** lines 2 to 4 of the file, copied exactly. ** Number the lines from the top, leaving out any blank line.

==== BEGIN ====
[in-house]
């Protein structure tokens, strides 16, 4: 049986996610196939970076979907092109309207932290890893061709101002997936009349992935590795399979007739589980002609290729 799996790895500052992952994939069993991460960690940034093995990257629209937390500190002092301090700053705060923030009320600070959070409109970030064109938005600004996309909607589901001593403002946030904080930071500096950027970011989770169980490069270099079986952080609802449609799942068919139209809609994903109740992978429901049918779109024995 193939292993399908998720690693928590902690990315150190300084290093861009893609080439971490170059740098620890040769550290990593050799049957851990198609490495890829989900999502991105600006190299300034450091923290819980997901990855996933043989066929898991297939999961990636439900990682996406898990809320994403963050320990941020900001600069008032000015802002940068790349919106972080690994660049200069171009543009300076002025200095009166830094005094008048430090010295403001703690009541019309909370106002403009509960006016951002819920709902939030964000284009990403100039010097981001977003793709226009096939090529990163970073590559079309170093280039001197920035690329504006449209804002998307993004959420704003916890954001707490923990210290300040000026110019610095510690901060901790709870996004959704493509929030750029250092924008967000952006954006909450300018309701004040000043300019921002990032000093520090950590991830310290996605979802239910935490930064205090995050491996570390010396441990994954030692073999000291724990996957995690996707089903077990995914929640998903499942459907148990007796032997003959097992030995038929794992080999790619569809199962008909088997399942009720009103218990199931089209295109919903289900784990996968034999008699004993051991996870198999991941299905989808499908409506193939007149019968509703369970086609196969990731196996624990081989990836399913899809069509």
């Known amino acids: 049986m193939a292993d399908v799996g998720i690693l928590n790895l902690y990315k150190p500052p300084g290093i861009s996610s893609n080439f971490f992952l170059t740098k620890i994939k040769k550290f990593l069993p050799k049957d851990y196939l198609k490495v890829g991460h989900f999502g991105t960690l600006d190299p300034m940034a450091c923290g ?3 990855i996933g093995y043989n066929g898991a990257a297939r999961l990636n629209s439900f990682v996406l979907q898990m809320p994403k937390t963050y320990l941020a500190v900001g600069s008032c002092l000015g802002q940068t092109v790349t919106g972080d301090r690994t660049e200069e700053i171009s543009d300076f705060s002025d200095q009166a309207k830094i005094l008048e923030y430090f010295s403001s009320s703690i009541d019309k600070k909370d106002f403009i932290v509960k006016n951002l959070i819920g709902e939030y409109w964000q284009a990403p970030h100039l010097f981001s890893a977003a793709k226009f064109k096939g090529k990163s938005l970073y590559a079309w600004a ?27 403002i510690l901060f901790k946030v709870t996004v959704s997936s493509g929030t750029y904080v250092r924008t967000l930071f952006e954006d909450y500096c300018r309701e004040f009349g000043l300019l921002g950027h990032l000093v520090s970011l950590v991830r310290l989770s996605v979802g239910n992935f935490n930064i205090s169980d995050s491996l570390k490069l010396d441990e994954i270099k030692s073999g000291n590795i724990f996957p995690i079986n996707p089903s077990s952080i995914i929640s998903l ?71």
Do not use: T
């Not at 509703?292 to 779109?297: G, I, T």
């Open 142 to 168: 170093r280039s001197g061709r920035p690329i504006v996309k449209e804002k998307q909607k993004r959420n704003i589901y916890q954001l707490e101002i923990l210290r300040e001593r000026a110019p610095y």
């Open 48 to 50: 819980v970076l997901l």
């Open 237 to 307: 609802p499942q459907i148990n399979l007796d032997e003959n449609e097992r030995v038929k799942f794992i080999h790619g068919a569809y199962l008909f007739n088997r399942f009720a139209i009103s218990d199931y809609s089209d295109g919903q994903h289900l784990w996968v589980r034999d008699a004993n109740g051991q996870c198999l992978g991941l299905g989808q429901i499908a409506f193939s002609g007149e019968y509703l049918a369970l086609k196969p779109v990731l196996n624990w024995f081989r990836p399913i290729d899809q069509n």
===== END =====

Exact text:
């Protein structure tokens, strides 16, 4: 049986996610196939970076979907092109309207932290890893061709101002997936009349992935590795399979007739589980002609290729 799996790895500052992952994939069993991460960690940034093995990257629209937390500190002092301090700053705060923030009320600070959070409109970030064109938005600004996309909607589901001593403002946030904080930071500096950027970011989770169980490069270099079986952080609802449609799942068919139209809609994903109740992978429901049918779109024995 193939292993399908998720690693928590902690990315150190300084290093861009893609080439971490170059740098620890040769550290990593050799049957851990198609490495890829989900999502991105600006190299300034450091923290819980997901990855996933043989066929898991297939999961990636439900990682996406898990809320994403963050320990941020900001600069008032000015802002940068790349919106972080690994660049200069171009543009300076002025200095009166830094005094008048430090010295403001703690009541019309909370106002403009509960006016951002819920709902939030964000284009990403100039010097981001977003793709226009096939090529990163970073590559079309170093280039001197920035690329504006449209804002998307993004959420704003916890954001707490923990210290300040000026110019610095510690901060901790709870996004959704493509929030750029250092924008967000952006954006909450300018309701004040000043300019921002990032000093520090950590991830310290996605979802239910935490930064205090995050491996570390010396441990994954030692073999000291724990996957995690996707089903077990995914929640998903499942459907148990007796032997003959097992030995038929794992080999790619569809199962008909088997399942009720009103218990199931089209295109919903289900784990996968034999008699004993051991996870198999991941299905989808499908409506193939007149019968509703369970086609196969990731196996624990081989990836399913899809069509």
């Known amino acids: 049986m193939a292993d399908v799996g998720i690693l928590n790895l902690y990315k150190p500052p300084g290093i861009s996610s893609n080439f971490f992952l170059t740098k620890i994939k040769k550290f990593l069993p050799k049957d851990y196939l198609k490495v890829g991460h989900f999502g991105t960690l600006d190299p300034m940034a450091c923290g ?3 990855i996933g093995y043989n066929g898991a990257a297939r999961l990636n629209s439900f990682v996406l979907q898990m809320p994403k937390t963050y320990l941020a500190v900001g600069s008032c002092l000015g802002q940068t092109v790349t919106g972080d301090r690994t660049e200069e700053i171009s543009d300076f705060s002025d200095q009166a309207k830094i005094l008048e923030y430090f010295s403001s009320s703690i009541d019309k600070k909370d106002f403009i932290v509960k006016n951002l959070i819920g709902e939030y409109w964000q284009a990403p970030h100039l010097f981001s890893a977003a793709k226009f064109k096939g090529k990163s938005l970073y590559a079309w600004a ?27 403002i510690l901060f901790k946030v709870t996004v959704s997936s493509g929030t750029y904080v250092r924008t967000l930071f952006e954006d909450y500096c300018r309701e004040f009349g000043l300019l921002g950027h990032l000093v520090s970011l950590v991830r310290l989770s996605v979802g239910n992935f935490n930064i205090s169980d995050s491996l570390k490069l010396d441990e994954i270099k030692s073999g000291n590795i724990f996957p995690i079986n996707p089903s077990s952080i995914i929640s998903l ?71």
Do not use: T